By: Cindy Annis – April, 2016
The next artist in the groove comes from Chicago, Illinois. In 1967, students of DePaul University, Walter Parazaider, Terry Kath, Danny Seraphine, James Pankow, and Lee Longnane got together to start a group with Robert Lamm from Roosevelt University called The Big Thing. The famous Peter Cetera joined the group soon after.
The Big Thing got their start singing covers of songs. James William Guercio, their producer, encouraged the band to move to Los Angeles. There, they got a recording contract with Columbia records. In 1968, they released their first album of original songs under the name Chicago Transit Authority. When the train and bus station that was also called Chicago Transit Authority found out about the band, they took legal action. The group shortened its name to Chicago.
Chicago was a successful group. The mixture of rock n’ roll and jazz gave them 49 top 40 records. Later in their career, they recorded some amazing soft rock songs.
The logo for most of the groups’ albums was inspired by the Coca-Cola Company. The fancy cursive logo was designed by John Berg. He was the art director for the Columbia and CBS record company. Nick Fasciano took the sketch that John made, and created the memorable logo.
In 1970, Chicago came out with an album called “Chicago II”. Like most of their albums, Chicago II was released as a double LP. Three great songs came out of the album. They are “Colour My World”, “Make Me Smile”, and “25 or 6 to 4”. Most of their albums were Chicago with a roman numeral. There are a few exceptions such as Chicago Live at Carnegie Hall and Chicago 13. In 1977, their last top 10 song sung by Peter Cetera called “Baby What a Big Surprise” came out of Chicago XI. Tragically, on January 23, 1978 guitarist Terry Kath died from an accidental gunshot wound.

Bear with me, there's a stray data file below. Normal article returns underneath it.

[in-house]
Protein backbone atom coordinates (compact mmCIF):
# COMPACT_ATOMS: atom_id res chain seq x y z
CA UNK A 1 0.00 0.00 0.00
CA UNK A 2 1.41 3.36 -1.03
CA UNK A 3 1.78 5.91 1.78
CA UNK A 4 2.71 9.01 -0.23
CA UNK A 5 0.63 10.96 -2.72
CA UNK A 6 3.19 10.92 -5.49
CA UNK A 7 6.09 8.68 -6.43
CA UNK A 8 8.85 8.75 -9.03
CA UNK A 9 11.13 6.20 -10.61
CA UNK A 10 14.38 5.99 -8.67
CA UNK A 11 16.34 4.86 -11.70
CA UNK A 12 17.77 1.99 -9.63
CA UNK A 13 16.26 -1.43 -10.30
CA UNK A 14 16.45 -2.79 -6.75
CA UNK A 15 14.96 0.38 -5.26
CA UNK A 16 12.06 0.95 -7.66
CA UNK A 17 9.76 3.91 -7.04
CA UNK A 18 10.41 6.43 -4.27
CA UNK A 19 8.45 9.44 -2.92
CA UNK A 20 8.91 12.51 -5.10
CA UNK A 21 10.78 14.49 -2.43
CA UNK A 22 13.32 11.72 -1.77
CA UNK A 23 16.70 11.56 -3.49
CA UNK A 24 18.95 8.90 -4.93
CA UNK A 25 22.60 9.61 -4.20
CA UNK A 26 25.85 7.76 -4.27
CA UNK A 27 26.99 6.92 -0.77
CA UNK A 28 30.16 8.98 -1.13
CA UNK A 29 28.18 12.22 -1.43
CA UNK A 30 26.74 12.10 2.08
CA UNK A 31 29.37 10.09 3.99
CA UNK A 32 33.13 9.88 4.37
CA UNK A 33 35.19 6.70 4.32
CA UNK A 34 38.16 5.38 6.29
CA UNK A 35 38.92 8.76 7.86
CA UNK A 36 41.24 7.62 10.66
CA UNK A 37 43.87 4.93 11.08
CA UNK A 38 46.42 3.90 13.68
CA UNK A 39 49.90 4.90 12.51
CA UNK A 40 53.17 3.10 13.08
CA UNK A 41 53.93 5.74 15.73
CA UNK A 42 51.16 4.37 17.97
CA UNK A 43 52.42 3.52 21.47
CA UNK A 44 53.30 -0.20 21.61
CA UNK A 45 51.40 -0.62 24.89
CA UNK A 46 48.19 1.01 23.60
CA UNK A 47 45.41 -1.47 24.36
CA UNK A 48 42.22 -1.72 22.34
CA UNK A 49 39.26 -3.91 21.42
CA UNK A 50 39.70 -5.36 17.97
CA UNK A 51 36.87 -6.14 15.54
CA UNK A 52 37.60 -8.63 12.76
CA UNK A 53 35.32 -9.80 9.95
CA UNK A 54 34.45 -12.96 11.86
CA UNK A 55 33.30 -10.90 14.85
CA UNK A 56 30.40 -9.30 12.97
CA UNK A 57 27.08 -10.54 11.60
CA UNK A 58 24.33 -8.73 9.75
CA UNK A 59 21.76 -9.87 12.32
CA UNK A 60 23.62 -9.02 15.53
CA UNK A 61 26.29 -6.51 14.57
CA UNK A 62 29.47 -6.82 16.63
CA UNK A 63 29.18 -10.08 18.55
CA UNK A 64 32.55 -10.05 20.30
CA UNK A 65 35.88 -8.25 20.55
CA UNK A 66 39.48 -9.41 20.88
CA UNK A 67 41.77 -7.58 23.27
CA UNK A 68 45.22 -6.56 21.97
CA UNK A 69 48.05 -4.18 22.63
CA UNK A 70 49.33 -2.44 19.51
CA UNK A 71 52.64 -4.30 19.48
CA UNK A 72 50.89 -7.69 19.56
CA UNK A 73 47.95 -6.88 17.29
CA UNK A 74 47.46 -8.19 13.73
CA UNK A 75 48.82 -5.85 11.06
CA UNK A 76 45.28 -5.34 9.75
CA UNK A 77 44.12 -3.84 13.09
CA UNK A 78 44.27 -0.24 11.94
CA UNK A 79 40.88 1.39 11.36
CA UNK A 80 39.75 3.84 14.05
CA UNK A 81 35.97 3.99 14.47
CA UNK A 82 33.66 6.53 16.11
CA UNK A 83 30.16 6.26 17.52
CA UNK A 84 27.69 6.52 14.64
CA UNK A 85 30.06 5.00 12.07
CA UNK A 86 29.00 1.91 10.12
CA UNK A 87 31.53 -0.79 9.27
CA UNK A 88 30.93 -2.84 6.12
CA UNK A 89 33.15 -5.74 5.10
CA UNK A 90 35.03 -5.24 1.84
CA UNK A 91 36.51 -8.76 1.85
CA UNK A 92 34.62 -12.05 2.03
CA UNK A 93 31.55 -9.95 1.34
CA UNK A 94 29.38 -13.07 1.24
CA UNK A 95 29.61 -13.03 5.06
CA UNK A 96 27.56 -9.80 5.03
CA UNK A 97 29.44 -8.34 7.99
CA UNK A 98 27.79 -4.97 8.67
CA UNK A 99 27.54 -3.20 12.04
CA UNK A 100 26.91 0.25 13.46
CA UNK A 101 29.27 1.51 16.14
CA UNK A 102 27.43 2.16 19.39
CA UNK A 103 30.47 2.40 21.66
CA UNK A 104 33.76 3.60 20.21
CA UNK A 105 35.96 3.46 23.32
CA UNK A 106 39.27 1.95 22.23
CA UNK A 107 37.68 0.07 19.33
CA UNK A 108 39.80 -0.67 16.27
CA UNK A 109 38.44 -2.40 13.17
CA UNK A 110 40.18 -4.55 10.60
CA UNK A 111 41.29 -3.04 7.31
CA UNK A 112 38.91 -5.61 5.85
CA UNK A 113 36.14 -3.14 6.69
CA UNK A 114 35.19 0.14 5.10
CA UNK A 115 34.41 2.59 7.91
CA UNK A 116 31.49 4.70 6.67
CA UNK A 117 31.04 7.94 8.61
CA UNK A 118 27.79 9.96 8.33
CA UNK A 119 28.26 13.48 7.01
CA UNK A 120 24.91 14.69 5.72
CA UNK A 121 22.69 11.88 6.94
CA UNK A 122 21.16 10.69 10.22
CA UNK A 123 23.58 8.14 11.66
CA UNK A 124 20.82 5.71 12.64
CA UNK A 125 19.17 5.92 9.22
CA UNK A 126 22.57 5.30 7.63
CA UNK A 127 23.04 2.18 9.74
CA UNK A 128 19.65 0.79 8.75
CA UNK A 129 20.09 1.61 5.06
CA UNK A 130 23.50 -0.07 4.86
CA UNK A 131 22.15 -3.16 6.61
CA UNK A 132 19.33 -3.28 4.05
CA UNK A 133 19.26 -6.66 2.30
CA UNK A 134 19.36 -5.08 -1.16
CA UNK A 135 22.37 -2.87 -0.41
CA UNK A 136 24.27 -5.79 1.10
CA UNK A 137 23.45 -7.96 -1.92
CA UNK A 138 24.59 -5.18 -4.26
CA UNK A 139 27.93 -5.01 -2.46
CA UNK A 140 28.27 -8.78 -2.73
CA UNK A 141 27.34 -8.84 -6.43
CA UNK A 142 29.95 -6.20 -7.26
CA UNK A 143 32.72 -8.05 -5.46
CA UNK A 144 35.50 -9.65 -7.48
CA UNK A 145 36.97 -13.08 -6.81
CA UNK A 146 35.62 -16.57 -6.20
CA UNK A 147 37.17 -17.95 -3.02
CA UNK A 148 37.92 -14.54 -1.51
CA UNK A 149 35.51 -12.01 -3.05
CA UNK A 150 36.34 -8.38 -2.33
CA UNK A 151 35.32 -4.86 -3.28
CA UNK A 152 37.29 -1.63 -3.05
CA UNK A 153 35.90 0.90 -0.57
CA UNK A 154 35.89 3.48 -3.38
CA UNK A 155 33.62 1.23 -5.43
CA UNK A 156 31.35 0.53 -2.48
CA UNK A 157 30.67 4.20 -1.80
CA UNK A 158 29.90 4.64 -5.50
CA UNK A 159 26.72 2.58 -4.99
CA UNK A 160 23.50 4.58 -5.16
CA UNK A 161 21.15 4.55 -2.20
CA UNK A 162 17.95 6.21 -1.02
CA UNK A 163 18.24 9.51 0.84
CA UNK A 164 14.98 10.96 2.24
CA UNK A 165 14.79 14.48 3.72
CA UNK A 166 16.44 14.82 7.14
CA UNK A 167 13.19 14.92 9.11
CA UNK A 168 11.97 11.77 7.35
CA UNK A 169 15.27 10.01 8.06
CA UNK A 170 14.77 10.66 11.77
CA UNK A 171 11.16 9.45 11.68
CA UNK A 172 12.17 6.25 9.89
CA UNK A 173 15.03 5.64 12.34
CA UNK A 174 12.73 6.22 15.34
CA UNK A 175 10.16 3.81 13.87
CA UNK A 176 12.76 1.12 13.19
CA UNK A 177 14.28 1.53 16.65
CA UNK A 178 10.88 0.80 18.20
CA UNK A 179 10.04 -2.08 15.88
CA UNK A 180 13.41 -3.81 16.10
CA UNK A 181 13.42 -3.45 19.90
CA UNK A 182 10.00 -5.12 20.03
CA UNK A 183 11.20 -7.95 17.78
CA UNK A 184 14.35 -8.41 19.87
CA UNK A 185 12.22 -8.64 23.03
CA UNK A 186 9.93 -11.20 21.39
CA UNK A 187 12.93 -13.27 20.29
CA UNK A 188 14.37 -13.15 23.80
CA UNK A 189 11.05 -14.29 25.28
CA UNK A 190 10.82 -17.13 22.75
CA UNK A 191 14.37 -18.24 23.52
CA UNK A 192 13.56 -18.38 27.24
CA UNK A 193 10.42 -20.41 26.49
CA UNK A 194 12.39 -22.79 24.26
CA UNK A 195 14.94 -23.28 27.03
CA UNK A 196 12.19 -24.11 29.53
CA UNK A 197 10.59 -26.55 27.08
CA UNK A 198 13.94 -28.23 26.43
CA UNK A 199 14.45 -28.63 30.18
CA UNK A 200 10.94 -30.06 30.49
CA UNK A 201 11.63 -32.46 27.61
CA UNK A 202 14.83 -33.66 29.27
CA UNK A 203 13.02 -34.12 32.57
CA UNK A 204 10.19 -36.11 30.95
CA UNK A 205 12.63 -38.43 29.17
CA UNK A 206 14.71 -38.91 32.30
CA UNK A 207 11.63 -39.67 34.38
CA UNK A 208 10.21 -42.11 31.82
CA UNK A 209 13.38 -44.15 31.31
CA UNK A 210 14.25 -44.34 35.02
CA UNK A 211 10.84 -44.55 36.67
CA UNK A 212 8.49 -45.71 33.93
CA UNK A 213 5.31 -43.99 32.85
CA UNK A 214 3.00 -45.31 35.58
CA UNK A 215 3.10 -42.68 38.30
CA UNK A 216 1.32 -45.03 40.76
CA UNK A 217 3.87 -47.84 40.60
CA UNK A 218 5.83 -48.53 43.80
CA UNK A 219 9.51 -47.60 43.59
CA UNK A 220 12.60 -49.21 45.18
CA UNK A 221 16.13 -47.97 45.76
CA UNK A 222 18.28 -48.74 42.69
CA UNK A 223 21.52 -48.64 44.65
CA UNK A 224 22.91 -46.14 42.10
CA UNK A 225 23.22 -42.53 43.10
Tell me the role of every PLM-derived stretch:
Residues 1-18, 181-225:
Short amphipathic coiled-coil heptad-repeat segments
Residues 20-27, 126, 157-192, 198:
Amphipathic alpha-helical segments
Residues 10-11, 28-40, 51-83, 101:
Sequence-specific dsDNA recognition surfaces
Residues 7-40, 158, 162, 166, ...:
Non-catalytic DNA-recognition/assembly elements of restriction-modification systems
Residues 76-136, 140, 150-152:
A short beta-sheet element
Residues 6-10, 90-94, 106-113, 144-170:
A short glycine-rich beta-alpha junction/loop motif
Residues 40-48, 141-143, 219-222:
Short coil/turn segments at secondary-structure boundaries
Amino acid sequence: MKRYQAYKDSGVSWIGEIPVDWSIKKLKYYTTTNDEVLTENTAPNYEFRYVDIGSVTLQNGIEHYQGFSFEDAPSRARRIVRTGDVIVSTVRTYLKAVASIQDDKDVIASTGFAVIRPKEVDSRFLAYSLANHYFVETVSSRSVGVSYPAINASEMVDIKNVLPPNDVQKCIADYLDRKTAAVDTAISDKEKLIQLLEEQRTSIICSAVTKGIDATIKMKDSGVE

When the 1980s came, so did many changes. Columbia records dropped Chicago in 1980. In 1981, Warner Brother’s records picked up Chicago. David Foster became their new producer. The sound of Chicago as fans knew it was forever changed. Foster, would move the brass section to the back and the vocals to the front. In Chicago 16, members of the group Toto were brought into the studio to record with Chicago. “Hard to Say I’m Sorry” used a synthesizer and no brass instruments.
Chicago is still recording music today. Some of the band members have been changed. With the changing of group members, the sound of Chicago has also changed a little. Chicago can be found on record labels such as Columbia, Warner Brothers, Full Moon, Rhino, Reprise, Balkanton, and Melodiya.
Like most music groups and solo artists, Chicago did receive some awards. In 1977 as well as 1986, they won the American Music Award for best pop group. In 1976, Chicago won a Grammy award for best vocal performance on their #1 song “If You Leave Me Now”. It took until 2016 for Chicago to be inducted into the Rock and Roll Hall of Fame.
Tune into Cindy’s Vinyl Vault all this month for our featured Artist of the Month. We go live Sunday night at 10pm until midnight, Monday night 11pm until midnight, and Wednesday night 9pm until 12pm on AM 980 WCAP. During every show, you are invited to call in a request or dedication at 978-454-4980. Join our Facebook page at www.facebook.com/cindysvinylvault. There, you’ll be able to listen to past shows. If you would like to send us an email our address is firstname.lastname@example.org. So until next month, remember it’s not how old it is, but how great it sounds.